Addiction is often connected with the idea of powerlessness, compulsion, or having one’s agency ‘hijacked’. That idea shows up, for example, in the first of Alcoholics Anonymous’s 12 steps:
1. We admitted we were powerless over alcohol - that our lives had become unmanageable.
AA is an incredibly popular organization. Organizations that take the same approach to addiction, but focus on different objects of addiction – e.g. narcotics, food, sex – are also globally successful. So, the idea that addiction involves powerlessness has resonated with a vast number of people who have first-hand experience of addiction. It deserves to be taken seriously. Should we also take it literally? Well, that depends on working out what it would mean to take it literally. And that turns out not to be obvious.
It might help to focus on this question to have an example in view. Susan is an alcoholic who is having some early success in being abstinent and is slowly putting her life back together. She has constructed a daily routine designed to minimize stressors and triggers for her drinking. Now along comes something to trip her up, the delayed fall-out of her unmanageable past – e.g. a debt or an affair that has just been discovered. The thought of drinking, which has perhaps been a regular unwelcome but fleeting visitor, now impresses itself on her with incredible tenacity. She runs through the script she has developed for this kind of scenario. She takes some deep breaths. She rehearses her reasons not to drink. She contemplates ringing her sponsor, knowing that they will likely offer to come round and escort her to a meeting. At a certain point, she nevertheless succumbs. She drinks. In what sense, if any, was she powerless over alcohol?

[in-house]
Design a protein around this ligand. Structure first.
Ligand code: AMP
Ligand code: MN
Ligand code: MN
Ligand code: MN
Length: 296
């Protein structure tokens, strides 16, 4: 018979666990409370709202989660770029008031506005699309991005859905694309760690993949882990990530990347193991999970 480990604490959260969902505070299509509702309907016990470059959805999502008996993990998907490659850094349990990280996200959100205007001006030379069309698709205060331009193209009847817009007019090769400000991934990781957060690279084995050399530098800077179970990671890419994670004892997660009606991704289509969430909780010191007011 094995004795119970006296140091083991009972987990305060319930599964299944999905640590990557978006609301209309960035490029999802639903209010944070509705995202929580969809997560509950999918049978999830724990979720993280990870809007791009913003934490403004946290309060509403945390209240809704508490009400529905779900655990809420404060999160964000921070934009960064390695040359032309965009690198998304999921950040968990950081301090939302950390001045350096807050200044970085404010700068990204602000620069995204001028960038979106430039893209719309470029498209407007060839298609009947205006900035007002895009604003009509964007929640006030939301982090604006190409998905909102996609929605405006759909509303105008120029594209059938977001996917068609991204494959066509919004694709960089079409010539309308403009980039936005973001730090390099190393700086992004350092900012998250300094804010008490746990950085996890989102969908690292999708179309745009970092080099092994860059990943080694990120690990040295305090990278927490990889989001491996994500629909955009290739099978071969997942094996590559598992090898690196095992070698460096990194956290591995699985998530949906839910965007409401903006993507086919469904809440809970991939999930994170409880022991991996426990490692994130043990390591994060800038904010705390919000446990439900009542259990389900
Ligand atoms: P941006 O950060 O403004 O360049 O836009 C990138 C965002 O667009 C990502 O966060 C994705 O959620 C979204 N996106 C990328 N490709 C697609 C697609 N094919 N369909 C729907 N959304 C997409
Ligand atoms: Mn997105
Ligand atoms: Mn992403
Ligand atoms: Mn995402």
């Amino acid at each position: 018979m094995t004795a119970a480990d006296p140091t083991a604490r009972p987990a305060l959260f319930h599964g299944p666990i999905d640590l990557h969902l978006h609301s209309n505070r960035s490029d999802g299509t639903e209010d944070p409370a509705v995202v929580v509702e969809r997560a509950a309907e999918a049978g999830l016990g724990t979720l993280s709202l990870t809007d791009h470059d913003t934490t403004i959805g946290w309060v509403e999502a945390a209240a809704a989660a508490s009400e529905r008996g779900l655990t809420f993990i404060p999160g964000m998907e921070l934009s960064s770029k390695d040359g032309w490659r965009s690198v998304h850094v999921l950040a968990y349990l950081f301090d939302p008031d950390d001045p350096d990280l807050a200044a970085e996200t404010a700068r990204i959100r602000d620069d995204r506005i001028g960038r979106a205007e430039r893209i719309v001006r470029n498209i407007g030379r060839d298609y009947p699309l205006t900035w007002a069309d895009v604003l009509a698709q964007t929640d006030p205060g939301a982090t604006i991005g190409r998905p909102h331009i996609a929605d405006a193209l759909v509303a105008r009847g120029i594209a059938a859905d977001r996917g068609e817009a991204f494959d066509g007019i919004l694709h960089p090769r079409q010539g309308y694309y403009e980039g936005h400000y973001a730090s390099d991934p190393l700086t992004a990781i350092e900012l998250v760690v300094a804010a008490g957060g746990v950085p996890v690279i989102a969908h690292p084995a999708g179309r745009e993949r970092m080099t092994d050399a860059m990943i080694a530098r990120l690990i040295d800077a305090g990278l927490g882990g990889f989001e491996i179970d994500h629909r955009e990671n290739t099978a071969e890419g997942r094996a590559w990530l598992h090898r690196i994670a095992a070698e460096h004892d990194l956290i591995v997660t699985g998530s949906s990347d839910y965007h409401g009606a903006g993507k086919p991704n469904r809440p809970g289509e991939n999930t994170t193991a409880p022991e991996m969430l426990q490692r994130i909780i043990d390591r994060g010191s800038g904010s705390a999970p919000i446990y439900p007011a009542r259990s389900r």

Here is a first suggestion. Alcoholics like Susan are powerless over alcohol in the sense that they can’t cause themselves to stop desiring alcohol, simply by deciding that they would be better off not having that desire. If they had that power, staying sober would be much easier than it actually is. This though doesn’t distinguish an alcoholic’s desire for alcohol from anyone’s desire for anything. I might have a mild craving for eating meat this evening. I can’t get rid of that craving, simply by deciding that I’d be better off without it. If I could, making healthy and environmentally sound eating decisions would be much easier than it actually as.
"Might alcoholics be powerless in the sense that their drinking is merely the result of habit, and doesn’t reflect what they actually want to do?"